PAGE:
50 Years. 50 Grads. 100% Regent

50 Years•50 Grads
100% Regent

50 Years•50 Grads•100% Regent

1998 Poul F. Guttesen

Lecturer in Education Hoyvík, Faroe Islands

On Campus 1996–2000 ∙ DIPCS & MCS ’98, THM ’00

I come from and currently live in the Faroe Islands, a minute archipelago in the North Atlantic. Though single myself, I come from a close-knit family, and my relationships with my parents, siblings, in-laws, nephews, and nieces are important parts of my life. You can find me on Facebook here.

How I got to Regent:

After finishing a bachelor's degree at a Bible college in 1994, I went home to work in retail for a year and a half. But I wanted to study more Bible and theology, not least because of doubt, both intellectual and existential. That is why I went to Regent.

Most important lesson:

I think the most important aspect of the learning environment at Regent was the marriage of academic endeavour and a lived, personal exploration of what it means to be a Christian today. The confessionally-grounded exploration of theology that was open to both the breadth of Christian tradition and the intellectual challenges it faces today was also very important to me.

Poul F. Guttesen
  • More From Poul

    How my time at Regent made a difference:

    My years in Vancouver profoundly shaped me and my faith. So much could be said, but let two examples suffice.

    First, I had my hope firmly grounded in the New Testament expectation of the resurrection. Salvation is not merely a matter of souls, but also of matter. Hope finds its fulfilment in the creator's redemption and transformation of his creation.

    Second, grounded in texts like Col 1 and Eph 1 and in exploration of Trinitarian thought, I became convinced that any theology worth its Christian salt must be relational. At the centre of creation is not an idea but a communion of love, made concrete among us in the incarnation of Jesus, in whom, through whom, and for whom the community of creation exists.

    I would also note that, as enriching as studying at Regent might be, it was of pivotally important for me to be grounded in a church. Looking back, I can see that being part of the community at Grandview Calvary Baptist Church was at least as formative in my journey as my studies at Regent. At Grandview, I saw how the gospel was incarnated in a community through the rhythms of ecclesial life. This takes nothing away from my studies at Regent; rather, it was a participation in the life that any theological education should orient us toward.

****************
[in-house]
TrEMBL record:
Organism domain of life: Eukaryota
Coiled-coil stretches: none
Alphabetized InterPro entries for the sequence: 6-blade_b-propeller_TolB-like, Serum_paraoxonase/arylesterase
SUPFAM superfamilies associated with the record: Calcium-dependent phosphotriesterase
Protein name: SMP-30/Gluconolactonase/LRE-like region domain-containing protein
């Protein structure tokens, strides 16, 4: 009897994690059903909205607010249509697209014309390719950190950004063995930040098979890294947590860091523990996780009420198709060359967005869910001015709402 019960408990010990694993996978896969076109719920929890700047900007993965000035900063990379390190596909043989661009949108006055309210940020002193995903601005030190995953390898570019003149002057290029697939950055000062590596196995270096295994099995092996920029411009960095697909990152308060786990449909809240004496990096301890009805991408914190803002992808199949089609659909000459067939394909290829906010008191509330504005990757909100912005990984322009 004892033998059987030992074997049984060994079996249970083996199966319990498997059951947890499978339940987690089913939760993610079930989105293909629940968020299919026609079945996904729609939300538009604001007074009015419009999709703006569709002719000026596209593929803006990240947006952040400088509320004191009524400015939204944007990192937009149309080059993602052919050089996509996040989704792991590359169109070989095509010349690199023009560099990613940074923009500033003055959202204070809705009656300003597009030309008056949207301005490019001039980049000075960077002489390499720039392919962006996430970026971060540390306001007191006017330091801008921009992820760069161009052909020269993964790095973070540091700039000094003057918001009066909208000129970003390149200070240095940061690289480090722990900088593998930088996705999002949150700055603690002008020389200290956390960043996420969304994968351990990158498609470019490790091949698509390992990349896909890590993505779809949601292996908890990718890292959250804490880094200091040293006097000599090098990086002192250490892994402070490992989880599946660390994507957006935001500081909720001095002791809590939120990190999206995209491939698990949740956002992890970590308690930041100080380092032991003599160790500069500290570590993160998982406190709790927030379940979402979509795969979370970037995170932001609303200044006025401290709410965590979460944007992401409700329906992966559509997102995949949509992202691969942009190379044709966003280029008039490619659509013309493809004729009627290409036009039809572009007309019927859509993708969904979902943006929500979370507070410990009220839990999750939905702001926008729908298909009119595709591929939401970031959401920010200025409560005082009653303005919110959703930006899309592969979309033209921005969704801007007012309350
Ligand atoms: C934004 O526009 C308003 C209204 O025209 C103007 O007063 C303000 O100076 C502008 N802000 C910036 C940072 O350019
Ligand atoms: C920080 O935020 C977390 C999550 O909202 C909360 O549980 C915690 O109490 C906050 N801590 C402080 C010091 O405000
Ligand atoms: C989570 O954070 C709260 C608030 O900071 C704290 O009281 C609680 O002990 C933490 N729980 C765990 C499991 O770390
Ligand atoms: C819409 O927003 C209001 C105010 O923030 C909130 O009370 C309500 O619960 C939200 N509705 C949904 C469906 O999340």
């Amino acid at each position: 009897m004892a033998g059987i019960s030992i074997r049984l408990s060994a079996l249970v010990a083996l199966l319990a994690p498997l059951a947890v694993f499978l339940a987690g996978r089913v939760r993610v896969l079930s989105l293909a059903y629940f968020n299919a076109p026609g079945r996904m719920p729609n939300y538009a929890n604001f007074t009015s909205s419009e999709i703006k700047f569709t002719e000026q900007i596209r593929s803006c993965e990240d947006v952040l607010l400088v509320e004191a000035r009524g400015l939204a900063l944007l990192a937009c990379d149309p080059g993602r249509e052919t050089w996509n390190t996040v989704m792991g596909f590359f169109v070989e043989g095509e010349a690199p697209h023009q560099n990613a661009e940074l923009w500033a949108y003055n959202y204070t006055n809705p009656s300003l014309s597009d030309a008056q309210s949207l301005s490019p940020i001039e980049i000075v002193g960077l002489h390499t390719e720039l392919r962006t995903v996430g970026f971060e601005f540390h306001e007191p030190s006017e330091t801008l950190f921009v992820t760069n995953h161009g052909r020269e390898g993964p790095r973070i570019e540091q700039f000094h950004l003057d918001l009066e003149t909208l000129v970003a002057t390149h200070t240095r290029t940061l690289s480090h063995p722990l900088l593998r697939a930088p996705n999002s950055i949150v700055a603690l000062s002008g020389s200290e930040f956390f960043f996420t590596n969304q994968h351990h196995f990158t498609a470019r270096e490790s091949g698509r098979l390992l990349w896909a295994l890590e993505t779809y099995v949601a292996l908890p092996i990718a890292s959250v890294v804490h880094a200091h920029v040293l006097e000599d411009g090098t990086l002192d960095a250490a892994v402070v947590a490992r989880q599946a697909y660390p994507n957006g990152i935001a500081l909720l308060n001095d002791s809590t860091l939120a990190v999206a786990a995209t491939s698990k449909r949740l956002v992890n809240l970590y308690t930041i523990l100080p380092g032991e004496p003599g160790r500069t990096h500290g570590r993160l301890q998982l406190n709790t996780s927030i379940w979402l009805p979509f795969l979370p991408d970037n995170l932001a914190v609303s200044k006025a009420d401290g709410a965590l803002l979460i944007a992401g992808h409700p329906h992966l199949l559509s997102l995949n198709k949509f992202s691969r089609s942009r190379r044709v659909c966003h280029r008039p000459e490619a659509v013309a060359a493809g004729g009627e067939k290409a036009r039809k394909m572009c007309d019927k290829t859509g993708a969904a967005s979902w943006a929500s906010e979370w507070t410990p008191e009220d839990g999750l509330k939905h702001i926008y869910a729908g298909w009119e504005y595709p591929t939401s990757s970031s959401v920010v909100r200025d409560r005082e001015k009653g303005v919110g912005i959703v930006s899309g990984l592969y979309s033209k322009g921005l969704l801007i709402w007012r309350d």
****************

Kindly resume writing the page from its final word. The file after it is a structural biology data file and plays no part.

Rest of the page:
Though I always have and still identify myself as Brethren, I am ecumenical at heart. My journey and my own struggles have taught me that perhaps our greatest need today is to find common ground. Wherever we find ourselves along the various Christian divides, we need to build bridges to find common paths in the Way of Jesus.

    Life after Regent:

    After completing my ThM, I pursued doctoral studies at the University of St. Andrews, Scotland. I finished my PhD in 2005 and I went to teach at Schloss Mittersill in Austria, before returning home to the Faroe Islands in 2007. Since 2008 I have taught in the Department of Education at the University of the Faroe Islands.

    Why I support Regent today:

    I actually began supporting Regent in gratitude to Grace McPhee, an extraordinary woman who spent her life providing housing for students, including many Regent students such as myself. Grace not only gave us room and board but invited us to be part of her household. She left her legacy to Regent, and I wanted to honour her.

    I continue to support Regent in the hope that the College will continue to grow in the spirit I experienced there, so that present and future students will not only receive good theological training, but have their lives shaped toward the kingdom of God.

    Three words that describe Regent:

    1. Friendly
    2. Freeing
    3. Formative

    Only Regent people…

    … know that Galiano is not a spirit you drink but an island to get your spirits up.

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